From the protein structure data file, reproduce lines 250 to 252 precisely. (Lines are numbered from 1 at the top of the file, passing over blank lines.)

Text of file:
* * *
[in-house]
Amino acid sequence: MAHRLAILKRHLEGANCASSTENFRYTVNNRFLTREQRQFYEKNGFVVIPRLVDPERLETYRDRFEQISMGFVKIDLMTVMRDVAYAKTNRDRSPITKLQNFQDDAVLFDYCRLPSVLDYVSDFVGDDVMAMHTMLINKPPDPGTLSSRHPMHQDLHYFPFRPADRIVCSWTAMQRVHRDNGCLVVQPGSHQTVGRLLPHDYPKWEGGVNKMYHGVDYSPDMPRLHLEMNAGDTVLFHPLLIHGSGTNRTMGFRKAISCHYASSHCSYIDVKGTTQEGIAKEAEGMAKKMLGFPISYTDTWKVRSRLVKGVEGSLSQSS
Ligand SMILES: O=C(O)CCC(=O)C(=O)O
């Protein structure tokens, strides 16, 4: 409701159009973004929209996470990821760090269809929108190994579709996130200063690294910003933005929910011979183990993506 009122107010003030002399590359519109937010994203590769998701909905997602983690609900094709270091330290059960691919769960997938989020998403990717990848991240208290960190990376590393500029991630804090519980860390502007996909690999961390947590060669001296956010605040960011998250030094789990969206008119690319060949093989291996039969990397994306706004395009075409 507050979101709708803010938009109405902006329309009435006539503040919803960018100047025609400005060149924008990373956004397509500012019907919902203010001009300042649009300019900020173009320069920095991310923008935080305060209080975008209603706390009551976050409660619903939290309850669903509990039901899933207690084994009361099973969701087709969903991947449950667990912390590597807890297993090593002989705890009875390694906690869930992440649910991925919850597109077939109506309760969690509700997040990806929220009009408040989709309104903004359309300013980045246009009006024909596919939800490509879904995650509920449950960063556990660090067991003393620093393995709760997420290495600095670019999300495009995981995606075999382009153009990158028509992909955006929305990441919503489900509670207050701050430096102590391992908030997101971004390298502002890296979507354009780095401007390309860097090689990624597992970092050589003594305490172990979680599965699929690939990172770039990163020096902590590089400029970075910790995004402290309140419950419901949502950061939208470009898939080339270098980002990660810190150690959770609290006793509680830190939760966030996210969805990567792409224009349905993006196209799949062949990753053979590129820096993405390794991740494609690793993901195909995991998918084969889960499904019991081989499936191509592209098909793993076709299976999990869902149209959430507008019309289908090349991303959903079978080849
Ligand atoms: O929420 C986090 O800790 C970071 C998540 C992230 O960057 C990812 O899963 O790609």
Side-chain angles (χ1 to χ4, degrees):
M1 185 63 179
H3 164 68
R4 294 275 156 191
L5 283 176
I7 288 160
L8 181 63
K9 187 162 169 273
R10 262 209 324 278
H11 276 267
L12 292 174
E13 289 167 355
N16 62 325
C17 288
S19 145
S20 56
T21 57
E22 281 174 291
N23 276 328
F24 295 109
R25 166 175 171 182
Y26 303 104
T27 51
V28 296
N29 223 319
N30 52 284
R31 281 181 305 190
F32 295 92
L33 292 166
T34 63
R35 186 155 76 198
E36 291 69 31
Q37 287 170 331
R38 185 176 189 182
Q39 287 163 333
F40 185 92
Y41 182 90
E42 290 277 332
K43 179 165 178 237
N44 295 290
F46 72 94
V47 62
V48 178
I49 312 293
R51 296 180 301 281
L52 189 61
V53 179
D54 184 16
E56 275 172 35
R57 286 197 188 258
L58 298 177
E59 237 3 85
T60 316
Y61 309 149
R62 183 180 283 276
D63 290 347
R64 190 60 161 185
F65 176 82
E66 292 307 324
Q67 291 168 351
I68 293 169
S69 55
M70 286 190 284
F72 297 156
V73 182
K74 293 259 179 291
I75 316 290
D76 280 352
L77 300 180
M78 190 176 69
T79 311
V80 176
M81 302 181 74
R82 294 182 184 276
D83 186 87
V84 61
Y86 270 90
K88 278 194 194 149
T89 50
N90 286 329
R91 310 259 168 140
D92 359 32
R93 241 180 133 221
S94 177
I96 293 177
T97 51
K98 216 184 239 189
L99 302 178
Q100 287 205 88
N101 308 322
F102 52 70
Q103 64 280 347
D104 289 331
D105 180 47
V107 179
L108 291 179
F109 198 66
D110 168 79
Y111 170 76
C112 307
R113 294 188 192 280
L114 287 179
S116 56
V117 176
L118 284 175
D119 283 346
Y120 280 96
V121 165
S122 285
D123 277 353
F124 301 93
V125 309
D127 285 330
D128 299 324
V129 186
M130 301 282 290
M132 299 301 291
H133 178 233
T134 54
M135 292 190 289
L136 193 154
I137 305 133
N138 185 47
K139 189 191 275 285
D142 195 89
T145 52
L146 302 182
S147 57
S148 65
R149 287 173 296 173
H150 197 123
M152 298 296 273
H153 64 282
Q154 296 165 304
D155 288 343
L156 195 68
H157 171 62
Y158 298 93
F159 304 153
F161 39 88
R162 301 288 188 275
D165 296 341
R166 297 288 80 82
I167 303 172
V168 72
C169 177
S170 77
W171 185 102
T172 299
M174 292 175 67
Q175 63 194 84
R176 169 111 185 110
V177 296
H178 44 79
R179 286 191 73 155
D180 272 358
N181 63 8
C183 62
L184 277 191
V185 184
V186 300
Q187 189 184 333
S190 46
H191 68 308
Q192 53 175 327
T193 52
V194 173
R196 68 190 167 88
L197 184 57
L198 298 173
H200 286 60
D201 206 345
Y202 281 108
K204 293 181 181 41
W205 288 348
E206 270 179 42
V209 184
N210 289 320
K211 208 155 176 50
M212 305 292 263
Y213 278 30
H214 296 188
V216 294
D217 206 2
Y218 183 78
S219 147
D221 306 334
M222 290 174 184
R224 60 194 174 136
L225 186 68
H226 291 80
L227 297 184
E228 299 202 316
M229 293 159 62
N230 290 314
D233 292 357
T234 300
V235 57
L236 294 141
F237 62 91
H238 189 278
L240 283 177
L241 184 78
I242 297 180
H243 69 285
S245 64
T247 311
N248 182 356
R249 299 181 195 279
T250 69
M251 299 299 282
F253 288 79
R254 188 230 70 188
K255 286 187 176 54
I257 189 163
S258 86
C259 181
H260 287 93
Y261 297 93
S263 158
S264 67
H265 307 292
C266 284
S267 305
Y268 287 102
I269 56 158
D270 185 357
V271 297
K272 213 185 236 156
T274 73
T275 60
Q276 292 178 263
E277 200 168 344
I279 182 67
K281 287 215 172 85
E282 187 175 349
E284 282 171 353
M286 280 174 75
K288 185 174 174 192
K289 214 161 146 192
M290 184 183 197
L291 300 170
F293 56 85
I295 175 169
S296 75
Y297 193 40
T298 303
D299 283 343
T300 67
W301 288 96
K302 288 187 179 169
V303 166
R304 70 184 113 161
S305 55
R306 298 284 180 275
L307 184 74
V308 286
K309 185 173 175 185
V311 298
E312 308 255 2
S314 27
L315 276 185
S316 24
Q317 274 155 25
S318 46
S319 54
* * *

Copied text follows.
S296 75
Y297 193 40
T298 303